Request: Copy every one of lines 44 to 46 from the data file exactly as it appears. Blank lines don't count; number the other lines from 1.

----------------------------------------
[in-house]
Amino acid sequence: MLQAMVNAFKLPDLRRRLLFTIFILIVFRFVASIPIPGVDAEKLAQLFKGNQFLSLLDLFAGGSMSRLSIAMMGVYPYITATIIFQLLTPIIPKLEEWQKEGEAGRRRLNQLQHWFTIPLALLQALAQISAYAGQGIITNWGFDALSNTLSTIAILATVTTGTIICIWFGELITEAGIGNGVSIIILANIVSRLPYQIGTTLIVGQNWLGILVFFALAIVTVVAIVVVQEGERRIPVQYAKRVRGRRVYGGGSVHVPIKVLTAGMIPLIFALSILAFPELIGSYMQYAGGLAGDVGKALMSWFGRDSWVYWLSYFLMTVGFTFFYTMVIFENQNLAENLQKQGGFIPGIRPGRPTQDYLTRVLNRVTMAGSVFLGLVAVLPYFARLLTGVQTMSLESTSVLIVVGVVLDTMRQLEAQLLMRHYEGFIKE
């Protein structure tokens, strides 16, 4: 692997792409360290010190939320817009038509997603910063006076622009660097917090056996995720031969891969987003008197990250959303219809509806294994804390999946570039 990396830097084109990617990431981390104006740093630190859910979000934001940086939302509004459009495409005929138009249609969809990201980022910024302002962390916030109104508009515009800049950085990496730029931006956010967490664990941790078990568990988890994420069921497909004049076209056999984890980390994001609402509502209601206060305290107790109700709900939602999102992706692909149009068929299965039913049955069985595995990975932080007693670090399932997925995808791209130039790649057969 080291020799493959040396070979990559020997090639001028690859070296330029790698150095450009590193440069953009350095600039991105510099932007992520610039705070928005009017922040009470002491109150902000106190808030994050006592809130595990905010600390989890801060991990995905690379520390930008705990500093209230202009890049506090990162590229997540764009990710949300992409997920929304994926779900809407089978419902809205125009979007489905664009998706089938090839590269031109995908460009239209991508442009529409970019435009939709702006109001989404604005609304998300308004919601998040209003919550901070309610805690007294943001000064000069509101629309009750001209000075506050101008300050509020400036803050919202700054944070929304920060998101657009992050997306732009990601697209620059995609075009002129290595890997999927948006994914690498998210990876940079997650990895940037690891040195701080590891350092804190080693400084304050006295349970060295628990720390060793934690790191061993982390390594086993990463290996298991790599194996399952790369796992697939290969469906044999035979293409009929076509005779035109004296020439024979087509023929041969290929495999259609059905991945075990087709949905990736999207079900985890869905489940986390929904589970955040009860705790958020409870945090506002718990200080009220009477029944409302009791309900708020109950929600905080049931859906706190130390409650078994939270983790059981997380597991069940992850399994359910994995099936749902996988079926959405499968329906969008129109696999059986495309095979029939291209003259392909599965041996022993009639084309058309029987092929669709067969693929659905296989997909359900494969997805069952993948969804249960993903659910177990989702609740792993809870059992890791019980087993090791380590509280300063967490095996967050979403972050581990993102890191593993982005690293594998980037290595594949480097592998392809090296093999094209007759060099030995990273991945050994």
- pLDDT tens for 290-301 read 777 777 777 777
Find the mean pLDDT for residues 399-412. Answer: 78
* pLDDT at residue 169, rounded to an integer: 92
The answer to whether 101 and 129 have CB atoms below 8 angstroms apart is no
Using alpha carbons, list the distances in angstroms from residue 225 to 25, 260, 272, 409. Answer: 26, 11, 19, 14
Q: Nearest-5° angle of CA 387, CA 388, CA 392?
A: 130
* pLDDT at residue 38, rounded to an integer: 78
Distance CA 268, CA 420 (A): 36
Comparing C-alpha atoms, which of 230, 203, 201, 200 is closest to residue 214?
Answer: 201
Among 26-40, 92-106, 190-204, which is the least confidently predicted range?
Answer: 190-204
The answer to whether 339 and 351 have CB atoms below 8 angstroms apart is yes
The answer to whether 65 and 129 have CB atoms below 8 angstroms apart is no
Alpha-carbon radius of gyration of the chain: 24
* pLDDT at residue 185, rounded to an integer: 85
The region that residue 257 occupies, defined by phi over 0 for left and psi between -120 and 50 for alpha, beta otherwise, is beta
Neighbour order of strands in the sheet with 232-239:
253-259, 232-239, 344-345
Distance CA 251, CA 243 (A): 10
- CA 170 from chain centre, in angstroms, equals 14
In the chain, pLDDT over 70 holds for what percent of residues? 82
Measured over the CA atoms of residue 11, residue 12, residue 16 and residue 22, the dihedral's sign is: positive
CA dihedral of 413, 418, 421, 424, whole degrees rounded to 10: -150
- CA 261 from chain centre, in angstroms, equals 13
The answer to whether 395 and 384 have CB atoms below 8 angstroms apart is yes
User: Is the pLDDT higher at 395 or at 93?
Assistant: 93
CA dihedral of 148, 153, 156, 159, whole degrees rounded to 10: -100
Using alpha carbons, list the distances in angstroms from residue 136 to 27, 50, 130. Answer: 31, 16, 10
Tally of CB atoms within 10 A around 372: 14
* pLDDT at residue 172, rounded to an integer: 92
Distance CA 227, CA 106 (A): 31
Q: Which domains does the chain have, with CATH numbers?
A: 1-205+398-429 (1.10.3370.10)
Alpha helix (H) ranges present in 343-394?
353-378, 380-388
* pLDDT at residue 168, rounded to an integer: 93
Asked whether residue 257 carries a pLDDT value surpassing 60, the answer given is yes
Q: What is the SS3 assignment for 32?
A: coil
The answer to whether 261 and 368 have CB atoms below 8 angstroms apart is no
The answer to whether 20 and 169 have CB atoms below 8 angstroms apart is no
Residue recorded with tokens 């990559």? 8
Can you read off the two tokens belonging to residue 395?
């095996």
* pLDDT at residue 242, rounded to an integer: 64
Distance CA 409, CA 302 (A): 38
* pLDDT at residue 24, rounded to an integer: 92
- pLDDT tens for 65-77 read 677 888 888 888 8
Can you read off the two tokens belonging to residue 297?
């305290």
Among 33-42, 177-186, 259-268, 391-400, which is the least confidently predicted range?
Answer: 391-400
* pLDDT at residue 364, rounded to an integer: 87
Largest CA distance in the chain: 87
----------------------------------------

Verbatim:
Q: What is the SS3 assignment for 32?
A: coil
The answer to whether 261 and 368 have CB atoms below 8 angstroms apart is no